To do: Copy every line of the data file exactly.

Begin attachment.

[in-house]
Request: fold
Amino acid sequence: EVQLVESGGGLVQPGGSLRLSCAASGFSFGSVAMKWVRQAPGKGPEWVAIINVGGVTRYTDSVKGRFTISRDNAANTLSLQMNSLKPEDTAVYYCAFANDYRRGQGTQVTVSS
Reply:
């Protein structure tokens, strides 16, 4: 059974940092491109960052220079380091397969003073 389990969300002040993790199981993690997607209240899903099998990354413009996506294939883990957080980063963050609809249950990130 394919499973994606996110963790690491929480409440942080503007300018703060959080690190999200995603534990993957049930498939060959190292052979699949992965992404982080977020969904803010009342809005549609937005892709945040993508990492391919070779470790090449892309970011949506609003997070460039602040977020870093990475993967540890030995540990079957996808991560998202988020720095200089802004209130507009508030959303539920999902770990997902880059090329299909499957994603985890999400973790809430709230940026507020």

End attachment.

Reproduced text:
[in-house]
Request: fold
Amino acid sequence: EVQLVESGGGLVQPGGSLRLSCAASGFSFGSVAMKWVRQAPGKGPEWVAIINVGGVTRYTDSVKGRFTISRDNAANTLSLQMNSLKPEDTAVYYCAFANDYRRGQGTQVTVSS
Reply:
């Protein structure tokens, strides 16, 4: 059974940092491109960052220079380091397969003073 389990969300002040993790199981993690997607209240899903099998990354413009996506294939883990957080980063963050609809249950990130 394919499973994606996110963790690491929480409440942080503007300018703060959080690190999200995603534990993957049930498939060959190292052979699949992965992404982080977020969904803010009342809005549609937005892709945040993508990492391919070779470790090449892309970011949506609003997070460039602040977020870093990475993967540890030995540990079957996808991560998202988020720095200089802004209130507009508030959303539920999902770990997902880059090329299909499957994603985890999400973790809430709230940026507020």